Can we in Wichita learn lessons from the decline of Buffalo, New York? Steven Malanga chronicles the fall of this city in a recent piece in the Wall Street Journal.
After describing the many forms of government subsidy poured into Buffalo, Malanga concludes: “These massive investment subsidies failed partly because officials were ill-suited to select the right projects and often instead gave money to favored insiders. Even former Mayor Anthony Masiello described the federal government’s redevelopment funds as “a politically motivated system trying to please everybody.'” That sounds familiar to us in Wichita.
While Buffalo suffered from some problems that Wichita doesn’t have, there are many parallels. The lesson: We in Wichita need to worry about our ever-growing city government and its appetite for planning the economic development of Wichita.
How Stimulus Spending Ruined Buffalo
Four decades of subsidies and high taxes haven’t arrested the city’s decline, but here comes New York’s governor with another billion dollars.
By Steven Malanga
Why do cities like Buffalo decline, and what role should government play in promoting recovery?
In his State of the State Address this month, New York Gov. Andrew Cuomo announced $1 billion in incentives to attract new investment to the beleaguered city by Lake Erie. “We believe in Buffalo,” he said, “and we’ll put our money where our mouth is.” Too bad Mr. Cuomo ignores the factors that help keep areas like Buffalo inhospitable to new investment—namely steep tax rates and the high cost of government.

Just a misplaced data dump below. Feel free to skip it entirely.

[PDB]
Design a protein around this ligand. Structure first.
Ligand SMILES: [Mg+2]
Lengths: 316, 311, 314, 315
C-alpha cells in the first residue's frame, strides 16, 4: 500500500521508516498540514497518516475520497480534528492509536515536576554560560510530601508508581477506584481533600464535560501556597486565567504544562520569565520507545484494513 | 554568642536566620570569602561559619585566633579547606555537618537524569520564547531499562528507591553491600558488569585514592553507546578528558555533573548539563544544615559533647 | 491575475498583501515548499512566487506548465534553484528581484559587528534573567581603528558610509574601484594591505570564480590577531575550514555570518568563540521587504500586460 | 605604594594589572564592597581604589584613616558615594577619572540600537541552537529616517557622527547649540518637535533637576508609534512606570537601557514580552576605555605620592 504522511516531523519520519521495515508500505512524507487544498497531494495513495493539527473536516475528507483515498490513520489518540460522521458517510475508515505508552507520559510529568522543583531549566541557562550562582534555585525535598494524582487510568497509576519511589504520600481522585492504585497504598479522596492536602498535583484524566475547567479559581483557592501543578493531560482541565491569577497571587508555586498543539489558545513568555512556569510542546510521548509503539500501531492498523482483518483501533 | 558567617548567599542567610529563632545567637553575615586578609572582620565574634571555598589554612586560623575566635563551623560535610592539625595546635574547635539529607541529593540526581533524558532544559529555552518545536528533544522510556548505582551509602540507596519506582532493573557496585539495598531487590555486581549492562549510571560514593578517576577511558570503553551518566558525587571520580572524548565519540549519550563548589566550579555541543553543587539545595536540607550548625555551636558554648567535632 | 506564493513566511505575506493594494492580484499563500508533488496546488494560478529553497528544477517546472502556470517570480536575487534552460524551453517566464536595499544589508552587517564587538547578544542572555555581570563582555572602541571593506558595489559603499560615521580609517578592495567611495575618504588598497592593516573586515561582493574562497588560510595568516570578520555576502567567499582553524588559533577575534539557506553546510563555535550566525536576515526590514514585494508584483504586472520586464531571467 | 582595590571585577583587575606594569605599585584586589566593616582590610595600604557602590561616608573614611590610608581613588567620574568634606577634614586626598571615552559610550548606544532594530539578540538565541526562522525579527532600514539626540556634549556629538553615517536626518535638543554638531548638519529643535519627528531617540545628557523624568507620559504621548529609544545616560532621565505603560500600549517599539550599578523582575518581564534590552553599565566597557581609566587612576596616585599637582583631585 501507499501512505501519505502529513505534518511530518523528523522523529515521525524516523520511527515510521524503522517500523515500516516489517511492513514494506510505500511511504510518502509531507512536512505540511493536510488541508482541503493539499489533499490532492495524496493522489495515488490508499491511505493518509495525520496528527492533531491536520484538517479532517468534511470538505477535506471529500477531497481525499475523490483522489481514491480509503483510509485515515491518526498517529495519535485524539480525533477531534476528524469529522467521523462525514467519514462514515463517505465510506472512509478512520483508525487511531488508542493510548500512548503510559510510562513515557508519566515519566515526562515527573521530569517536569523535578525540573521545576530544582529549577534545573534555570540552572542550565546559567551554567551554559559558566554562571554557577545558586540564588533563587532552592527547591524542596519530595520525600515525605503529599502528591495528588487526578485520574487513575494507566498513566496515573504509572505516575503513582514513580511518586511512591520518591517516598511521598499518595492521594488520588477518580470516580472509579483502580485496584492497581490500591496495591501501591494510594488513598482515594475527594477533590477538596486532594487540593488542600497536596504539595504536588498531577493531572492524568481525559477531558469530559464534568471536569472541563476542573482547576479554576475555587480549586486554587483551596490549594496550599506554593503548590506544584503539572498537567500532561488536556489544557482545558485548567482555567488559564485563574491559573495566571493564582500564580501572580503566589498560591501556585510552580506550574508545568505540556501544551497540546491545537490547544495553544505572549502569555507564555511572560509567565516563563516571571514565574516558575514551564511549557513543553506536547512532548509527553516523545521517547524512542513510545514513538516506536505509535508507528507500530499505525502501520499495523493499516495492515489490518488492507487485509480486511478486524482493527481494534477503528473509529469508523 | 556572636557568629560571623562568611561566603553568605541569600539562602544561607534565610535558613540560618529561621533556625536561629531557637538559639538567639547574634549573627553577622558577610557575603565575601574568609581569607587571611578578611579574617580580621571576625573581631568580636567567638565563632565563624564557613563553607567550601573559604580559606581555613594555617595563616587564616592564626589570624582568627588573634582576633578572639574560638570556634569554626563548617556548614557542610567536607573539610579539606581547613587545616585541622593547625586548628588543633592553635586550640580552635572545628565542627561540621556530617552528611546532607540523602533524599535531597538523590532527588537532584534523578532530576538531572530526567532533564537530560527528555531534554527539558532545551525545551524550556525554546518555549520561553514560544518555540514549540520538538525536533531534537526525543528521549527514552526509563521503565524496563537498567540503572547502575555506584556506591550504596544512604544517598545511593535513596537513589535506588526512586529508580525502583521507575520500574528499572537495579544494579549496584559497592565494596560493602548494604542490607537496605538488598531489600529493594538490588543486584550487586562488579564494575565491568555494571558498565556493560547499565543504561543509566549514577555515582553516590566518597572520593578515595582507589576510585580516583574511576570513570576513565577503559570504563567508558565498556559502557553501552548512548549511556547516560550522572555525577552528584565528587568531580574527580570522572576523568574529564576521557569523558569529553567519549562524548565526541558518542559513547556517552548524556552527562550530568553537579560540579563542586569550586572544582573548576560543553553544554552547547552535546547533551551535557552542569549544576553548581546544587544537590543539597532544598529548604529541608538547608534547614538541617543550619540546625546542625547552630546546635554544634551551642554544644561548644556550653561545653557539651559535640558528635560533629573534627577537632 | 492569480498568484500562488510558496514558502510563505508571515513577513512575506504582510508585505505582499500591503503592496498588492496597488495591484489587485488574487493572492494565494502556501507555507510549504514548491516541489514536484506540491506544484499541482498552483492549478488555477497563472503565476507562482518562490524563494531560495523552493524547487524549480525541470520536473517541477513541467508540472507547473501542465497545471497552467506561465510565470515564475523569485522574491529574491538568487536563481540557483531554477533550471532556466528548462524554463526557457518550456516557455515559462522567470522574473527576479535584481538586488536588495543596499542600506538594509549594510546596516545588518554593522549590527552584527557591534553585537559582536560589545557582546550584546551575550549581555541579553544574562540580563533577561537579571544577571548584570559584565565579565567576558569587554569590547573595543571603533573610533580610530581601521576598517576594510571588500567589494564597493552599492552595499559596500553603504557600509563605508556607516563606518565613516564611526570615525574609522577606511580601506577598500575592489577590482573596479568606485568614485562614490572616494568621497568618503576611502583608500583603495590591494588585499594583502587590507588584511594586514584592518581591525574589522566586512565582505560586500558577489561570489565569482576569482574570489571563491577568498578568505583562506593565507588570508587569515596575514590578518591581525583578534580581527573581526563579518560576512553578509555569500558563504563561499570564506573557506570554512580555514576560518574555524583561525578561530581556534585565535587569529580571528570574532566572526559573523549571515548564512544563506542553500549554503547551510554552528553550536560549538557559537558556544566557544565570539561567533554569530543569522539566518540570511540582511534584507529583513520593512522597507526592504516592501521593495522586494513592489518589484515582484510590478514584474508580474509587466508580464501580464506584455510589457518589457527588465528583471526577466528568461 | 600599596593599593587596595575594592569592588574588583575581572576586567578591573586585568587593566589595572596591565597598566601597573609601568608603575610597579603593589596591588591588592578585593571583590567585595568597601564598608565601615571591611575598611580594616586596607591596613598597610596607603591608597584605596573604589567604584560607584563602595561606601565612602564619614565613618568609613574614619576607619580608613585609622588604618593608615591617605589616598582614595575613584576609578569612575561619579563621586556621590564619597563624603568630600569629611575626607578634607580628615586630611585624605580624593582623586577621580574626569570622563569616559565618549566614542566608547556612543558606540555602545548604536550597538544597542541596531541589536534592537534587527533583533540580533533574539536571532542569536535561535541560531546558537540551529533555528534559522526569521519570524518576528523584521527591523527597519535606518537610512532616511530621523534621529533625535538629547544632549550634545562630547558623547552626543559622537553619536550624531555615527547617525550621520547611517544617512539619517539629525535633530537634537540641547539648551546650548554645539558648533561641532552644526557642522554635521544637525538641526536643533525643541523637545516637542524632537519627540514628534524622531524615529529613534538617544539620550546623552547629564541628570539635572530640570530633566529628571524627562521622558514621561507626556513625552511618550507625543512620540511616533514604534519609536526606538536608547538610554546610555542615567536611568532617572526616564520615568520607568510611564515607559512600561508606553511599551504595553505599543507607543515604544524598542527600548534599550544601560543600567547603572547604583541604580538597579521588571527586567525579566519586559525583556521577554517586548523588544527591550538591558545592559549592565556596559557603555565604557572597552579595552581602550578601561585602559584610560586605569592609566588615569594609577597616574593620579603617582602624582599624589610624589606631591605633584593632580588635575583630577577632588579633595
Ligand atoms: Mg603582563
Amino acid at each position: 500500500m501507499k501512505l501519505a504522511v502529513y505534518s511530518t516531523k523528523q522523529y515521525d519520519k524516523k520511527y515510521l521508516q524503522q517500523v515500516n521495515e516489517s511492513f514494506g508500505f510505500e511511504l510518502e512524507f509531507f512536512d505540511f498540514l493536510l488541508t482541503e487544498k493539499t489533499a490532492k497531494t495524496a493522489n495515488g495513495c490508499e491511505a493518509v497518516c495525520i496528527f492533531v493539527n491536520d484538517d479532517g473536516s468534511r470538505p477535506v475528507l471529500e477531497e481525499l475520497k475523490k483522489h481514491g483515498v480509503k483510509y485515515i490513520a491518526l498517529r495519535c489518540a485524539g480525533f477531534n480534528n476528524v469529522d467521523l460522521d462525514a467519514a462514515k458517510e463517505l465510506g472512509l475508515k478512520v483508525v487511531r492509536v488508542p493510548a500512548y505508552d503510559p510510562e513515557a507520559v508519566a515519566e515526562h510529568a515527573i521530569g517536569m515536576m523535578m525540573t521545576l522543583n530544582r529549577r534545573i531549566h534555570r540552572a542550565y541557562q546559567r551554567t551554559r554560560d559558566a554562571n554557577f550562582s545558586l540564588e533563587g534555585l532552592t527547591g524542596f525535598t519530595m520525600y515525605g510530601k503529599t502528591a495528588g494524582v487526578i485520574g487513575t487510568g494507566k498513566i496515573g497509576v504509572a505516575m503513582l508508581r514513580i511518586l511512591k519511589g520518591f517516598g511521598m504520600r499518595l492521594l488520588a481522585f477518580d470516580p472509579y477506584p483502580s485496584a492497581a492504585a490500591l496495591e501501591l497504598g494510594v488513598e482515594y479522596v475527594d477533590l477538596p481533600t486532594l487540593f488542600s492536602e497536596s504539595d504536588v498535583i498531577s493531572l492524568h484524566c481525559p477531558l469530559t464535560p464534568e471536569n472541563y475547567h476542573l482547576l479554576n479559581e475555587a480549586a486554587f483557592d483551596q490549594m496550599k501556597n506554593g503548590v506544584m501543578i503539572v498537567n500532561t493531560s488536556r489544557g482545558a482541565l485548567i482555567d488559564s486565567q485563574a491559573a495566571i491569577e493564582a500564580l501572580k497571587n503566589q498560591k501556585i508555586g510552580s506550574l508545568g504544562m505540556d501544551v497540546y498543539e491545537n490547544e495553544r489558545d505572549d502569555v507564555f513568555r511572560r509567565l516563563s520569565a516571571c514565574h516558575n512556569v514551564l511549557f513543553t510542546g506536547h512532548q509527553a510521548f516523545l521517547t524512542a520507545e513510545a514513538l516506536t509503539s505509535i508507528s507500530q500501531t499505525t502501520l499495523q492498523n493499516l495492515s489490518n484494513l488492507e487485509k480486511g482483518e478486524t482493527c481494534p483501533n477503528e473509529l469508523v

This is an old story for Buffalo. Ever since the city began losing its manufacturing base in the 1950s and gradually declined into one of America’s poorest cities (the poverty rate today is nearly 29%), the federal and state governments have poured hundreds of millions of dollars into subsidized redevelopment schemes that have yielded few tangible benefits.
Buffalo may be the paradigmatic example of why expensive government revitalization efforts often fail. Back in 2004, the Buffalo News estimated that the city had garnered more federal redevelopment aid per capita than any other city in the country, a total of more than half a billion dollars since the 1970s. Yet, the paper noted, the city had virtually nothing to show for the money.
Continue reading at the Wall Street Journal (subscription required)